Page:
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A Scotsman abruptly breaks off his engagement to pretty Kitty and moves to his uncle's castle in the Scottish highlands. Kitty and her aunt follow Gerald a few weeks later, and discover he has suddenly aged. Some mysterious things happen in a maze made from the hedges adjoining the castle. Written by
Marty McKee <email@example.com>
This was to be the second 3-D film designed and directed by William Cameron Menzies. Contrary to some opinion, there is no evidence to substantiate that his previous film, Invaders from Mars (1953), was designed nor planned for for 3-D, and certainly was not shot in this process. Menzies, who was known as a director with a very "dimensional" style (eg. many shots are focused in layers), only directed one other 3-D film previous to this: "Fun in the Sun," a short that was shot for the aborted Sol Lesser production, "The 3-D Follies". This would be his final film as production designer and director. See more »
Kitty and Edith's rooms in the castle have their windows blocked with stone. That is shown in a shot of Kitty's room the night they arrived. The only light sources are candles and the fireplaces. Yet, in the morning, both bedrooms are bathed in light as if the sun were streaming in through these blocked windows. See more »
Bride-to-be investigates her prospective husband when he cuts himself off at an eerie Scottish castle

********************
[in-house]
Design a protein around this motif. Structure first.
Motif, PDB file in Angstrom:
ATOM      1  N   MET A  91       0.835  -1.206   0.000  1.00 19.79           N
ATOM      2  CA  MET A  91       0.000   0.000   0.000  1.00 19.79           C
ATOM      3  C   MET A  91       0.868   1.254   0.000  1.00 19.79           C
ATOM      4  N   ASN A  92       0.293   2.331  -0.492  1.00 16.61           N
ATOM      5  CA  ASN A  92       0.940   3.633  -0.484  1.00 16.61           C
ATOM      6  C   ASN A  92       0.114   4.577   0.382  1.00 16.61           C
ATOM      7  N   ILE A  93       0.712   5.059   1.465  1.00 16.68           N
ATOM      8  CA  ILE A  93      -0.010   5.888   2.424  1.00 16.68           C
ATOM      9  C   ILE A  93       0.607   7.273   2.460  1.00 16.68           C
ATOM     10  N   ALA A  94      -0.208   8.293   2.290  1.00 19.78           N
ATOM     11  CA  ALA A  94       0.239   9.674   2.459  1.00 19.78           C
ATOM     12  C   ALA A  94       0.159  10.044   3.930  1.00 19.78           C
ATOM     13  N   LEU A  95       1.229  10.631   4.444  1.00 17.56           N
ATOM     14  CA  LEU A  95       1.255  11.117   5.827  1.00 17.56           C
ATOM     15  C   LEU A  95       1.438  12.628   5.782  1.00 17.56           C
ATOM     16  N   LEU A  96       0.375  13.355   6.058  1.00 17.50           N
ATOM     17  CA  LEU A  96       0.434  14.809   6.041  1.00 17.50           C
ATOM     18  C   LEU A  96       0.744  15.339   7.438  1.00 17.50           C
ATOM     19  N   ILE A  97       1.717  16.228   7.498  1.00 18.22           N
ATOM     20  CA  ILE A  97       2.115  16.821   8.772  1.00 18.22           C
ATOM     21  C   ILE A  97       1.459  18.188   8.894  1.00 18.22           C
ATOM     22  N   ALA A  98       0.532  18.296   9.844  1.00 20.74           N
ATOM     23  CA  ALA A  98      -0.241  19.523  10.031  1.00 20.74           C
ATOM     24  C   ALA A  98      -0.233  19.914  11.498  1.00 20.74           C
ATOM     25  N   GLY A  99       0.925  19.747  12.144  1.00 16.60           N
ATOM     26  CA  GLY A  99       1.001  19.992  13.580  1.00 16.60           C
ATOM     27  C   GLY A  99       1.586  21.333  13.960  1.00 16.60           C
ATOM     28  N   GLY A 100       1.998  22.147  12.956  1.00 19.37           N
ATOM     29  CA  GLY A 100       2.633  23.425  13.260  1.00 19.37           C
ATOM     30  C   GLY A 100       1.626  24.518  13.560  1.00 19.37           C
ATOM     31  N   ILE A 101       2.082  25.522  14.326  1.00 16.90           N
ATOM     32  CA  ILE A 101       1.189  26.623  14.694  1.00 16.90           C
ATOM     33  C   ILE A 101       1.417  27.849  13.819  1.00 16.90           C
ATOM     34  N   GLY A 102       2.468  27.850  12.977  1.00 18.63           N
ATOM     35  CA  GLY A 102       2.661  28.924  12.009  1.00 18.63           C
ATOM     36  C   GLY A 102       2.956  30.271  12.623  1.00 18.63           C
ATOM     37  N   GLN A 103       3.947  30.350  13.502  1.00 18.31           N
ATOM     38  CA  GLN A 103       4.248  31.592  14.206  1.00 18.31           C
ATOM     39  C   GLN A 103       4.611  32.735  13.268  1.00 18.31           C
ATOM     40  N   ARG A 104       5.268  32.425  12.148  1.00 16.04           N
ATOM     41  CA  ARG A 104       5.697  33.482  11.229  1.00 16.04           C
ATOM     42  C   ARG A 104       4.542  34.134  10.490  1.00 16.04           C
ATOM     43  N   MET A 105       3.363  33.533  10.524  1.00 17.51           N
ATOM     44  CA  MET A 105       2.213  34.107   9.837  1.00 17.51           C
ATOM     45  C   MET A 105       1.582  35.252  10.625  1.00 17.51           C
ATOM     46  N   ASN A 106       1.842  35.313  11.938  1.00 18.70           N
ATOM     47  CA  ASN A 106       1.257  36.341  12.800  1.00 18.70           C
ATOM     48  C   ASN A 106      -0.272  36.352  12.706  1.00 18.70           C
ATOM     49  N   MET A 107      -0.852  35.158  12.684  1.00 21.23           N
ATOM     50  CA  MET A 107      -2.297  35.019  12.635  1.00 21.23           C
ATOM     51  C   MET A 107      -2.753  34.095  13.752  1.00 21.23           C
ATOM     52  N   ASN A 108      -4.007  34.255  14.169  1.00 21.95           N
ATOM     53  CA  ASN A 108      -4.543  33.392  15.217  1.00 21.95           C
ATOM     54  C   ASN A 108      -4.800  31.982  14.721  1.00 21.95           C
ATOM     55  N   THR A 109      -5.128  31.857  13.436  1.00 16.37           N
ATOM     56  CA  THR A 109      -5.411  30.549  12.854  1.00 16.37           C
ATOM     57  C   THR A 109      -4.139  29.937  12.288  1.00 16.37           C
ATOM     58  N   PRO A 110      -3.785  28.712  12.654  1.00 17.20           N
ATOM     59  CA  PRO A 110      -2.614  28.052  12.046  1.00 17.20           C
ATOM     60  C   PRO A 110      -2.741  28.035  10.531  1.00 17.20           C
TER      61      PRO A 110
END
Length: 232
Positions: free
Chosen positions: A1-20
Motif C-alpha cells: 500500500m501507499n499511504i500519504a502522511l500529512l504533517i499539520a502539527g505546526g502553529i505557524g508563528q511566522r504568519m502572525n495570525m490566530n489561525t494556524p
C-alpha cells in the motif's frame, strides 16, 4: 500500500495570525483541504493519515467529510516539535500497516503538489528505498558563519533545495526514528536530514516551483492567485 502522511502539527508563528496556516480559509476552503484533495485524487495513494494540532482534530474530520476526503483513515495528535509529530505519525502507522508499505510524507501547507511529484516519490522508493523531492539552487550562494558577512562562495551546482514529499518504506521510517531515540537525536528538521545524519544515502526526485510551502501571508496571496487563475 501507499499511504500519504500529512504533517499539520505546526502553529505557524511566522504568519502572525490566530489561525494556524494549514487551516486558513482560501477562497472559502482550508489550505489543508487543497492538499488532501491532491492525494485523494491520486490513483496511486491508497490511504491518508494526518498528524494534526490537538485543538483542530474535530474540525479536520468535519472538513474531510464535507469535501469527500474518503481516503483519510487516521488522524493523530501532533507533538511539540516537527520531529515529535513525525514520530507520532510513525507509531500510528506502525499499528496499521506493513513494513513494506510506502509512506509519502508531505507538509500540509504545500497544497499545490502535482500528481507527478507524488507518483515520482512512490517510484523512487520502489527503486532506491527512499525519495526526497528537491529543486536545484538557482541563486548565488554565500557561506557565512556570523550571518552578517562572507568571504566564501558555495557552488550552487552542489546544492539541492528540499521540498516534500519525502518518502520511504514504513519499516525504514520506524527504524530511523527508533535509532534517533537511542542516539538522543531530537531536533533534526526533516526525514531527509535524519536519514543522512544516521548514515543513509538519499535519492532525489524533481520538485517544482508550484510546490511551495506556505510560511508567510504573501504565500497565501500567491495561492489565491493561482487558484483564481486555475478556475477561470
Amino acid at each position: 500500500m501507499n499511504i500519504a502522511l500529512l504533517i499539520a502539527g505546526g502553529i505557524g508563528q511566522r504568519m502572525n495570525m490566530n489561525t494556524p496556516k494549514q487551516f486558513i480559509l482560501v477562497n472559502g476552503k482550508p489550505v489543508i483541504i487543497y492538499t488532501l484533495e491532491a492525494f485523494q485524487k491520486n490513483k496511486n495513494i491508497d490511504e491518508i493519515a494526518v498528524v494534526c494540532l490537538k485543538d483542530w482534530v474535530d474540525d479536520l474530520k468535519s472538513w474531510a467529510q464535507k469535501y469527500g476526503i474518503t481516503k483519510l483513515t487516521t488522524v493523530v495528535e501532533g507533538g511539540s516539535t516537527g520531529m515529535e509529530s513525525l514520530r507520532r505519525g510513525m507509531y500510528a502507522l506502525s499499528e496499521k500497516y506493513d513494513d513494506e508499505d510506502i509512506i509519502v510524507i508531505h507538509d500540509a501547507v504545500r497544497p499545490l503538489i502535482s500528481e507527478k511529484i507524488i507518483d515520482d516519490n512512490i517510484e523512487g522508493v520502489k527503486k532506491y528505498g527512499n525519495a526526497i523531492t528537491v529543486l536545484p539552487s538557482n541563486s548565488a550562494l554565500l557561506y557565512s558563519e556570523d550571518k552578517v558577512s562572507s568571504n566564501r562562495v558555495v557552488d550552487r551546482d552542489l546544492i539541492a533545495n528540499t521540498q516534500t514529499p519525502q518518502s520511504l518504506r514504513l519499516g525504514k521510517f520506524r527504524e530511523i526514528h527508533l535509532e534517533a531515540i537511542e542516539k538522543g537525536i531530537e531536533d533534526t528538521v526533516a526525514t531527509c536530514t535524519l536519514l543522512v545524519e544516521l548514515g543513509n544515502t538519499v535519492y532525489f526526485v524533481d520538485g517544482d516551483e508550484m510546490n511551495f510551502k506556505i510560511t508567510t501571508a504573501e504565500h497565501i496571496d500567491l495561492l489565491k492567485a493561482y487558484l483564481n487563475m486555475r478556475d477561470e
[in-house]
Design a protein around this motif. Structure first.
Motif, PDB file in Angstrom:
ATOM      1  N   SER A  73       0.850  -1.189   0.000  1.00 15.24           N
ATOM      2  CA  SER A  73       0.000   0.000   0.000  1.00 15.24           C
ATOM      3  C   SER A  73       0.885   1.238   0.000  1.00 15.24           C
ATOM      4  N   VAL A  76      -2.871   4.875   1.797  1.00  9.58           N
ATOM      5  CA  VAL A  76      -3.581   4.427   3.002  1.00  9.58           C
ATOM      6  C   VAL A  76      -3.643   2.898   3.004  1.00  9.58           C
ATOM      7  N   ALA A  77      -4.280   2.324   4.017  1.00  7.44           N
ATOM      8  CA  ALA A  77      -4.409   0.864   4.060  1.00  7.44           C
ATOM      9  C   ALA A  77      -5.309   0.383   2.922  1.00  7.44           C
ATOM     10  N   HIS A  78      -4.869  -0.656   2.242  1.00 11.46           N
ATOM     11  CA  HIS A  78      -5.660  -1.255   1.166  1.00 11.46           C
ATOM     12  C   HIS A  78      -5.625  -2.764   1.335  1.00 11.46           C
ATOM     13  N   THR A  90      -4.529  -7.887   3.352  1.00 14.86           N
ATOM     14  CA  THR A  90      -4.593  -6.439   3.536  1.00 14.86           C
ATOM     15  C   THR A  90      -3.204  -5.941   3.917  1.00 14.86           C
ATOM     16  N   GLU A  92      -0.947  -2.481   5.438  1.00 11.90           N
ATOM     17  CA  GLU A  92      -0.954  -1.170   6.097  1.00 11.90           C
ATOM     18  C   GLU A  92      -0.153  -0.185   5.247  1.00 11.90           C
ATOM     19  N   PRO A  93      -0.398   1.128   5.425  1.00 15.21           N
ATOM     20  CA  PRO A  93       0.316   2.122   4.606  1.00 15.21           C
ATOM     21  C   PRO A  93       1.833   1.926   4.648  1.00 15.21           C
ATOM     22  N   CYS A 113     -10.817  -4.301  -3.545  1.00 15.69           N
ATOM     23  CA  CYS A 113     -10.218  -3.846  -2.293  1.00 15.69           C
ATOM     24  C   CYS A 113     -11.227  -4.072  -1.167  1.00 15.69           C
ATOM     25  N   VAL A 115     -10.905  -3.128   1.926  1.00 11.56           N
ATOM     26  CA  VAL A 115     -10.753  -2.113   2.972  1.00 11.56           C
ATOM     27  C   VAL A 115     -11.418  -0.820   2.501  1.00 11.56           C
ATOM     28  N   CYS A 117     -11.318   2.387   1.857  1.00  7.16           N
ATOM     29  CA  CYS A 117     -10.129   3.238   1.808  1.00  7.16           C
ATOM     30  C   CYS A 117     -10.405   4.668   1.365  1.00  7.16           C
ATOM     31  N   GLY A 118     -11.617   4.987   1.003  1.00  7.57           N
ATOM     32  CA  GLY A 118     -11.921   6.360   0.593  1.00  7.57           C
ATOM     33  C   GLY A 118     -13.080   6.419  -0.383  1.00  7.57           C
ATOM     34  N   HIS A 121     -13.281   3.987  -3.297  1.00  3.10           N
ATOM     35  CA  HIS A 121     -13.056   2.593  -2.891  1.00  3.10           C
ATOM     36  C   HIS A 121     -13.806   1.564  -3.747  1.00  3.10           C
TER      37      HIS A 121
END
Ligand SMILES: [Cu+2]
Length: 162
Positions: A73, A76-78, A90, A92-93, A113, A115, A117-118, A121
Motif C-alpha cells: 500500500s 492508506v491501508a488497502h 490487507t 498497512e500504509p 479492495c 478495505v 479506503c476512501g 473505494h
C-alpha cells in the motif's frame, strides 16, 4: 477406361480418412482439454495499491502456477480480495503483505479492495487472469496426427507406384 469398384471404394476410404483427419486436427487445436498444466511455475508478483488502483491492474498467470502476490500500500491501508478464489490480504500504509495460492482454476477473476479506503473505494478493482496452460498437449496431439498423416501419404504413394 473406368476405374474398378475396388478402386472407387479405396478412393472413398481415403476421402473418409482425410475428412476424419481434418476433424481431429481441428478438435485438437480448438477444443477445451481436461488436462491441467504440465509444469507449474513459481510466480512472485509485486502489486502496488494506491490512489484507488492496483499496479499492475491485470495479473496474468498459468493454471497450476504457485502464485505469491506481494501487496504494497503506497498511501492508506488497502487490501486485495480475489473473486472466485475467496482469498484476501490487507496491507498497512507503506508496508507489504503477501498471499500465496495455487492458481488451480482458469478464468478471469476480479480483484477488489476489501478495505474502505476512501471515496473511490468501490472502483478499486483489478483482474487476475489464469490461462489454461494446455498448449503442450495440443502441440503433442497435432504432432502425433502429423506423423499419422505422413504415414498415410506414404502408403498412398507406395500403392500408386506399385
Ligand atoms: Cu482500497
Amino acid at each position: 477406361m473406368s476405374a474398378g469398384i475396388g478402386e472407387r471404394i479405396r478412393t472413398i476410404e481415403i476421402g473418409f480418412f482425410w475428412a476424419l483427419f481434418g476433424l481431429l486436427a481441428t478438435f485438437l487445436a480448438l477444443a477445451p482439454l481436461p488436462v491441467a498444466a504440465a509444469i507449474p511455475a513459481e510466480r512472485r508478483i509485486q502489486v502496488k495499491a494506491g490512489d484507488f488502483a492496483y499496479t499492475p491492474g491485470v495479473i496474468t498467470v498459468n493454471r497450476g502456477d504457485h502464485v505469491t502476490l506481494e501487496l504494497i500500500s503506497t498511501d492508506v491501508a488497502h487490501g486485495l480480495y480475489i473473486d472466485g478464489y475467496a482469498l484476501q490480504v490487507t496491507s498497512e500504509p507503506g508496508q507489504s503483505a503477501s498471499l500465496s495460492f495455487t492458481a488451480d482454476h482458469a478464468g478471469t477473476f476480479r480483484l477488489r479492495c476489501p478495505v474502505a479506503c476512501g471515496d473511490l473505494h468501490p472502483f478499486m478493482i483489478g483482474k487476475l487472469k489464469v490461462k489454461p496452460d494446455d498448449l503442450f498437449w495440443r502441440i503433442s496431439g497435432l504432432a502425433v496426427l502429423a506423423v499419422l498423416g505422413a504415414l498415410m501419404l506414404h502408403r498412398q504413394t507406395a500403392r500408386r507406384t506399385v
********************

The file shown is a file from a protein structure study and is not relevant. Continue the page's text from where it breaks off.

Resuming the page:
Unnecessarily told in flashback by an aunt of the bride-to-be (Veronica Hurst), this mood piece is rather lethargically paced at times but does have some genuinely chilling sequences, an eerie setting, interesting set design (William Cameron Menzies) and some suspense.
Richard Carlson and Hurst are to be married when he is summoned to the Scottish castle of his uncle. When he stays there, Hurst and auntie (Katherine Emery) show up to investigate. Carlson insists they leave. Hurst pluckily stays on because she loves Carlson, who has strangely aged. She wants to discover the dark secret of the castle.
Michael Pate, the semi-cooperative butler, provides support. Later in the movie, Hillary Brooke appears briefly. She's always interesting, but here she has little to do.
The emphasis is on mood, setting, and suspenseful plot turns, not character. An unusual stairway and hallways set the tone. It's not up to Baron Frankenstein's castle in Son of Frankenstein, but it's a genuine and unpretentious effort with decent results. The doors that are 15 feet high adorned with huge locks and keys add to the scenery. Being locked up at night creates a natural tension and curiosity to get out and see what's going on.
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